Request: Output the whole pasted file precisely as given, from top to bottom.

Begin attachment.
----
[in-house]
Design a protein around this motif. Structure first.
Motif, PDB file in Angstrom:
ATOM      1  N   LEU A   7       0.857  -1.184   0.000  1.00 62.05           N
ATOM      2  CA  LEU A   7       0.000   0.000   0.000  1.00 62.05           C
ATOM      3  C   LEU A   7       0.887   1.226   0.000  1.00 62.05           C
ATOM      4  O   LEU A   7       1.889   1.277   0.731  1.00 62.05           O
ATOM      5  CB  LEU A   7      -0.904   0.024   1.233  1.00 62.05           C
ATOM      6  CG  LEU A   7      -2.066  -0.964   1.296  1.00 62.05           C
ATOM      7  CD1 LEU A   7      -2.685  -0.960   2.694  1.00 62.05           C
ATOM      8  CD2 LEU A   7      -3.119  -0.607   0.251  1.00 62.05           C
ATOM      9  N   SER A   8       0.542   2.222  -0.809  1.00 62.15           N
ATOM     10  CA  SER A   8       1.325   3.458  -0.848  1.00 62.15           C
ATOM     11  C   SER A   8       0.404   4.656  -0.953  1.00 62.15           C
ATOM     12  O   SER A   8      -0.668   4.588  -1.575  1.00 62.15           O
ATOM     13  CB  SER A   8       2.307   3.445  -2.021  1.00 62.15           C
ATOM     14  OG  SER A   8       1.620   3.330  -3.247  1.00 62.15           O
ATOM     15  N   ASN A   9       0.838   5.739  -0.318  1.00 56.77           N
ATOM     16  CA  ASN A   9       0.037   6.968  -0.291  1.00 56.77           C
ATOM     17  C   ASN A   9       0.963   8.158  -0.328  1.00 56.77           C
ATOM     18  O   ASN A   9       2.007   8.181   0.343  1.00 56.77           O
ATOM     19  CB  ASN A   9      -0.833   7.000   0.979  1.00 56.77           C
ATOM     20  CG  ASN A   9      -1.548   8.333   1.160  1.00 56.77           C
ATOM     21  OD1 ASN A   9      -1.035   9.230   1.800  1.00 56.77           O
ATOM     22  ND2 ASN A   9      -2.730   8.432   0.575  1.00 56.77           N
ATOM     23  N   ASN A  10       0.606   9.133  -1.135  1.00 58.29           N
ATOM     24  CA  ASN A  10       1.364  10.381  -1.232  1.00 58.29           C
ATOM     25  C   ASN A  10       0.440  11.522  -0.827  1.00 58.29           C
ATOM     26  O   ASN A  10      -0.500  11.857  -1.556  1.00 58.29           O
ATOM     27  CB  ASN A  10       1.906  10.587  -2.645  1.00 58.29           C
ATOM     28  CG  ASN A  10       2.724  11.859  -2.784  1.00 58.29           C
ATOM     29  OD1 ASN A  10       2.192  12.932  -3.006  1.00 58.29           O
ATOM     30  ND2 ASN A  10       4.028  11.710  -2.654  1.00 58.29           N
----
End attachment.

[in-house]
Design a protein around this motif. Structure first.
Motif, PDB file in Angstrom:
ATOM      1  N   LEU A   7       0.857  -1.184   0.000  1.00 62.05           N
ATOM      2  CA  LEU A   7       0.000   0.000   0.000  1.00 62.05           C
ATOM      3  C   LEU A   7       0.887   1.226   0.000  1.00 62.05           C
ATOM      4  O   LEU A   7       1.889   1.277   0.731  1.00 62.05           O
ATOM      5  CB  LEU A   7      -0.904   0.024   1.233  1.00 62.05           C
ATOM      6  CG  LEU A   7      -2.066  -0.964   1.296  1.00 62.05           C
ATOM      7  CD1 LEU A   7      -2.685  -0.960   2.694  1.00 62.05           C
ATOM      8  CD2 LEU A   7      -3.119  -0.607   0.251  1.00 62.05           C
ATOM      9  N   SER A   8       0.542   2.222  -0.809  1.00 62.15           N
ATOM     10  CA  SER A   8       1.325   3.458  -0.848  1.00 62.15           C
ATOM     11  C   SER A   8       0.404   4.656  -0.953  1.00 62.15           C
ATOM     12  O   SER A   8      -0.668   4.588  -1.575  1.00 62.15           O
ATOM     13  CB  SER A   8       2.307   3.445  -2.021  1.00 62.15           C
ATOM     14  OG  SER A   8       1.620   3.330  -3.247  1.00 62.15           O
ATOM     15  N   ASN A   9       0.838   5.739  -0.318  1.00 56.77           N
ATOM     16  CA  ASN A   9       0.037   6.968  -0.291  1.00 56.77           C
ATOM     17  C   ASN A   9       0.963   8.158  -0.328  1.00 56.77           C
ATOM     18  O   ASN A   9       2.007   8.181   0.343  1.00 56.77           O
ATOM     19  CB  ASN A   9      -0.833   7.000   0.979  1.00 56.77           C
ATOM     20  CG  ASN A   9      -1.548   8.333   1.160  1.00 56.77           C
ATOM     21  OD1 ASN A   9      -1.035   9.230   1.800  1.00 56.77           O
ATOM     22  ND2 ASN A   9      -2.730   8.432   0.575  1.00 56.77           N
ATOM     23  N   ASN A  10       0.606   9.133  -1.135  1.00 58.29           N
ATOM     24  CA  ASN A  10       1.364  10.381  -1.232  1.00 58.29           C
ATOM     25  C   ASN A  10       0.440  11.522  -0.827  1.00 58.29           C
ATOM     26  O   ASN A  10      -0.500  11.857  -1.556  1.00 58.29           O
ATOM     27  CB  ASN A  10       1.906  10.587  -2.645  1.00 58.29           C
ATOM     28  CG  ASN A  10       2.724  11.859  -2.784  1.00 58.29           C
ATOM     29  OD1 ASN A  10       2.192  12.932  -3.006  1.00 58.29           O
ATOM     30  ND2 ASN A  10       4.028  11.710  -2.654  1.00 58.29           N